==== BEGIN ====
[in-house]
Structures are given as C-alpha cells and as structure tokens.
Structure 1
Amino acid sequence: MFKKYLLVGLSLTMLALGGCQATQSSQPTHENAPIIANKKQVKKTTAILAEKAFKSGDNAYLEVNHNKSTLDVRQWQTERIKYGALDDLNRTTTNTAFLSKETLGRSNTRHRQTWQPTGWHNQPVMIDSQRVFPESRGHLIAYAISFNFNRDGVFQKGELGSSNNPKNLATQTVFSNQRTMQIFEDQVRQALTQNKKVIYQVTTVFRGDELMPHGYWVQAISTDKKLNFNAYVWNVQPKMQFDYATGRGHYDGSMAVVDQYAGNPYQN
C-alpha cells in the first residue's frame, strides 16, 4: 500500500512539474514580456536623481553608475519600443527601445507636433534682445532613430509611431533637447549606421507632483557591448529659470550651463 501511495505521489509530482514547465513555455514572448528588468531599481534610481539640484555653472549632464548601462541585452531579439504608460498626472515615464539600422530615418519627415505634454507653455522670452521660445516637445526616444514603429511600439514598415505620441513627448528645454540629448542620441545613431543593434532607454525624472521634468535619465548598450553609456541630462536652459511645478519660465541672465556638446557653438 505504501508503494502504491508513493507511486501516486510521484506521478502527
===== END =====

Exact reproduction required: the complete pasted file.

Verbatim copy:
[in-house]
Structures are given as C-alpha cells and as structure tokens.
Structure 1
Amino acid sequence: MFKKYLLVGLSLTMLALGGCQATQSSQPTHENAPIIANKKQVKKTTAILAEKAFKSGDNAYLEVNHNKSTLDVRQWQTERIKYGALDDLNRTTTNTAFLSKETLGRSNTRHRQTWQPTGWHNQPVMIDSQRVFPESRGHLIAYAISFNFNRDGVFQKGELGSSNNPKNLATQTVFSNQRTMQIFEDQVRQALTQNKKVIYQVTTVFRGDELMPHGYWVQAISTDKKLNFNAYVWNVQPKMQFDYATGRGHYDGSMAVVDQYAGNPYQN
C-alpha cells in the first residue's frame, strides 16, 4: 500500500512539474514580456536623481553608475519600443527601445507636433534682445532613430509611431533637447549606421507632483557591448529659470550651463 501511495505521489509530482514547465513555455514572448528588468531599481534610481539640484555653472549632464548601462541585452531579439504608460498626472515615464539600422530615418519627415505634454507653455522670452521660445516637445526616444514603429511600439514598415505620441513627448528645454540629448542620441545613431543593434532607454525624472521634468535619465548598450553609456541630462536652459511645478519660465541672465556638446557653438 505504501508503494502504491508513493507511486501516486510521484506521478502527